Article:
Starring: Nicolas Cage, Elisabeth Shue
The version being reviewed is unrated. For the record, the theatrical cut is rated R for Strong Sexuality and Language, Violence and Pervasive Alcohol Abuse
"Leaving Las Vegas" is one of those movies that is either a tremendous success or a colossal failure. There is no safety net with a story like this. Considering the risk-averse nature of Hollywood, it's a wonder why films like this ever get made, but thank God they do. We need movies like "Leaving Las Vegas" as much as we need movies like "The Avengers." More so, in fact.
Despite the dreaminess of its title and premise, and the rather optimistic trailer, "Leaving Las Vegas" is anything but glamorous or easy viewing. This is a motel that takes place in sleazy motels and even sleazier bars. The only time it gets close to the glamor is when a night on the town turns into a complete disaster. Cheap cigarettes and cheap liquor, not glitz and fantasy, are the reality for the characters in this movie. It's a far different view of Las Vegas than we usually get.
Ben Sanderson (Cage) is a Hollywood executive and an alcoholic. He's lost everything: his job, his family, his self-respect. "I don't know if I started drinking 'cause my wife left me or my wife left me 'cause I started drinking, but fuck it anyway," he muses to a hooker giving him a blow job (before stealing his wedding ring). That alone should tell you that this is not a traditional love story.
Sera (Shue) is a prostitute working in Las Vegas for a shady character named Yuri (Julian Sands). She has accepted her lot in life and does the best she can with the card she's been dealt. But she is profoundly lonely. As she tells an unseen therapist, she can size up a man in a second and know exactly what he wants. Thus, she spends half her life being someone else's fantasy.
When the two of them meet, it's not love at first sight, but there is a spark of something powerful between them. It isn't long before they're living together, although their relationship is built on non-judgement: he won't judge her for her career and she won't ask him to stop drinking.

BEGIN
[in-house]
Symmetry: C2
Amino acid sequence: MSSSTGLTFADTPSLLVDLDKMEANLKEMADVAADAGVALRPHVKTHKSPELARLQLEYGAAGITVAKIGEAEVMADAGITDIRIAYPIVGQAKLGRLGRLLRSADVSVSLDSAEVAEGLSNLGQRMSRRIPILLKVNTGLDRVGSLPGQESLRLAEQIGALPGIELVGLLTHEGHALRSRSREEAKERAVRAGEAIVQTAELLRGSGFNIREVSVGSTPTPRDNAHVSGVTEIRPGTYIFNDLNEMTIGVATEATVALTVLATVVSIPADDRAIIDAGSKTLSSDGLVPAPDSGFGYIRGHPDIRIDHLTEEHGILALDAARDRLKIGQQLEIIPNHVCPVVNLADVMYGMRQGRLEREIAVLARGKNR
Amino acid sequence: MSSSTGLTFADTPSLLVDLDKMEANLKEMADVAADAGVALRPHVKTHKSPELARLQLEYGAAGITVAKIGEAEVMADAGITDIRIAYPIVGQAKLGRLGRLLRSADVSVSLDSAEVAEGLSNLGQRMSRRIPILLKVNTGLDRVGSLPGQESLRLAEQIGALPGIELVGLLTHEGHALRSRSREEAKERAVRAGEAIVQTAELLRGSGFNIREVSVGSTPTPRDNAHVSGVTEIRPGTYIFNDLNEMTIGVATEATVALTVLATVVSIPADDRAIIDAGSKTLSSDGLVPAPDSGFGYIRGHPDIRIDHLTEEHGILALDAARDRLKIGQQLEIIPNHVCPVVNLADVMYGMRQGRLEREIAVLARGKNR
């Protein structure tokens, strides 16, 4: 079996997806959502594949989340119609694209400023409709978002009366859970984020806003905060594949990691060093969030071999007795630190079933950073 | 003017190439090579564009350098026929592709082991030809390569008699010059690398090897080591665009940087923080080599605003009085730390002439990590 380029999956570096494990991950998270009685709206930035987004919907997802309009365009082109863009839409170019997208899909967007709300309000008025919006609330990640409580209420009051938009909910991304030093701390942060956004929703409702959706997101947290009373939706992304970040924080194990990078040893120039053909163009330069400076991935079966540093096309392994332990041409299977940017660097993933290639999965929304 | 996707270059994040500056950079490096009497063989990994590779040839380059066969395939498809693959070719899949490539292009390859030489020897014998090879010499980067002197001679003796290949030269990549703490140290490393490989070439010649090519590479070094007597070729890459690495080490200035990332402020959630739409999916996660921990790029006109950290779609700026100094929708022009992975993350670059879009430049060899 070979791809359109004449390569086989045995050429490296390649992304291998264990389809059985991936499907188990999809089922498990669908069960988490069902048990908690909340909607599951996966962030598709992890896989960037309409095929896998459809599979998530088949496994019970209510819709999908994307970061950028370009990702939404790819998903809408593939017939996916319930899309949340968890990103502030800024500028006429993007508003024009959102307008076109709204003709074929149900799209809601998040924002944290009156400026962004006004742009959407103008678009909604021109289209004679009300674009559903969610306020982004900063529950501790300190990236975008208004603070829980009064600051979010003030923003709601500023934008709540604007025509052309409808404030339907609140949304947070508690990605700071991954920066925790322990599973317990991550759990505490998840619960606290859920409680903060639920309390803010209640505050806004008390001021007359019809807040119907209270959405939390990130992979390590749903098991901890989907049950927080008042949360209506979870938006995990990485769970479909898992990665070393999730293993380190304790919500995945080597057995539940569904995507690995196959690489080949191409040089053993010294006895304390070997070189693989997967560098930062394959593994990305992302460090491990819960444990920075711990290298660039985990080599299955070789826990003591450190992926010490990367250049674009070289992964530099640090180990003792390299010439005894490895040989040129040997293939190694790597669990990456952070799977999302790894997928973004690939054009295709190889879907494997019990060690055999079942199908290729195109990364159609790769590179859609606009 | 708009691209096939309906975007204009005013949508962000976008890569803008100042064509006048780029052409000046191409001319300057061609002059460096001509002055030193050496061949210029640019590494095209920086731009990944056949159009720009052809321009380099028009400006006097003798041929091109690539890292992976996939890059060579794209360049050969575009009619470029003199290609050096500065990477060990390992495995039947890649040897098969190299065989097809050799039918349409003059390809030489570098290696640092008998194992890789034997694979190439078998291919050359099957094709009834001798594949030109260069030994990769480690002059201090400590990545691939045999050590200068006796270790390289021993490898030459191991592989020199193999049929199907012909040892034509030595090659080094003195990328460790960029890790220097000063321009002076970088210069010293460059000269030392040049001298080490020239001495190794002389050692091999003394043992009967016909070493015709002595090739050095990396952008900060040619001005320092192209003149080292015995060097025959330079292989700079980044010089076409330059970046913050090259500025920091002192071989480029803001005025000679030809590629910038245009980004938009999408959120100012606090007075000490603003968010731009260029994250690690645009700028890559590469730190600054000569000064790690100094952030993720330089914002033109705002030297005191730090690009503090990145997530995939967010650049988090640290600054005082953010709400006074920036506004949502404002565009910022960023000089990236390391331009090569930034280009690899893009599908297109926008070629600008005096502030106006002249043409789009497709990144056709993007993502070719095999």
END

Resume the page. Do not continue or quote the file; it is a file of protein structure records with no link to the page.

Making a movie like this takes an extraordinary amount of daring. The roles of Ben and Sera (there are other characters who float in and out, but none last long) are so raw, so real, so challenging that all but the most dedicated would flee. Fortunately, director Mike Figgis found two actors who not only would do the roles, but could do them justice.
Nicolas Cage has become as much a whipping boy in pop culture as the man who directed him in "The Rock." So much so that people hate him without being able to explain why. Perhaps it is because he has been appearing in bottom of the barrel movies of late. Readers would do well to know that Cage lost a fortune in the Great Recession. I've never gotten on that gravy train. I've always liked Cage, and here he lays it bare. It would have been too easy for him to just play a drunk. But Cage gives us a man who is more complicated. Ben is a good soul, but he has been so hurt by life and so crippled by addiction that he has given up and accepted the inevitable. It's a stunning performance in a difficult role.
Elisabeth Shue shed her "girl next door" image from movies like "The Karate Kid" and the "Back to the Future" franchise and took her first adult role. Her role is also tricky. She is playing a character who accepts a man on his own terms, so much so that she is willing to watch him die a slow and agonizing death. Anyone watching this movie will see her success.
This is not a story of redemption; Ben doesn't have a shining moment of truth and there are no happy endings. In a way, it's like great opera. The story isn't overwrought but just as tragic. After all, what could be more sad than watching two good people go down an unhappy road to a destination of death and pain?
Putting this story to film was no easy task. The writer of the novel it was based on, John O'Brien, shot himself two weeks after the film went into production, nearly causing Mike Figgis to abandon it. Filming permits were denied for some scenes forcing the cast and crew to shoot them in one take. What's all the more astonishing about this movie (other than it managed to get made at all and be a terrific film) is the number of high profile cameos in the film. A few were pre-fame, but many were at the height of their stardom. And what names they are: Julian Sands as Yuri, Richard Lewis and Steven Weber as studio executives, Emily Procter as an actress, Danny Huston as a bartender, Valeria Golino as a woman subjected to Ben's advances, Carey Lowell as a bank teller, Lucinda Jenny as a weirdo barfly, French Steward and Ed Lauter as mobsters, R. Lee Ermey as a conventioneer, Mariska Hargitay as a hooker, Laurie Metcalf as a landlady, Shawnee Smith as a biker chick, director Bob Rafelson as a guy at the mall, Xander Berkley as a cabbie and Michael Goorjian as a college aged rapist. Supermodel Naomi Campbell had a cameo but her scenes were deleted. What a cast that is!
"Leaving Las Vegas" isn't your typical Friday night movie and it's not a journey many people will want to take. But for those who venture in, it's not an experience that will soon be forgotten.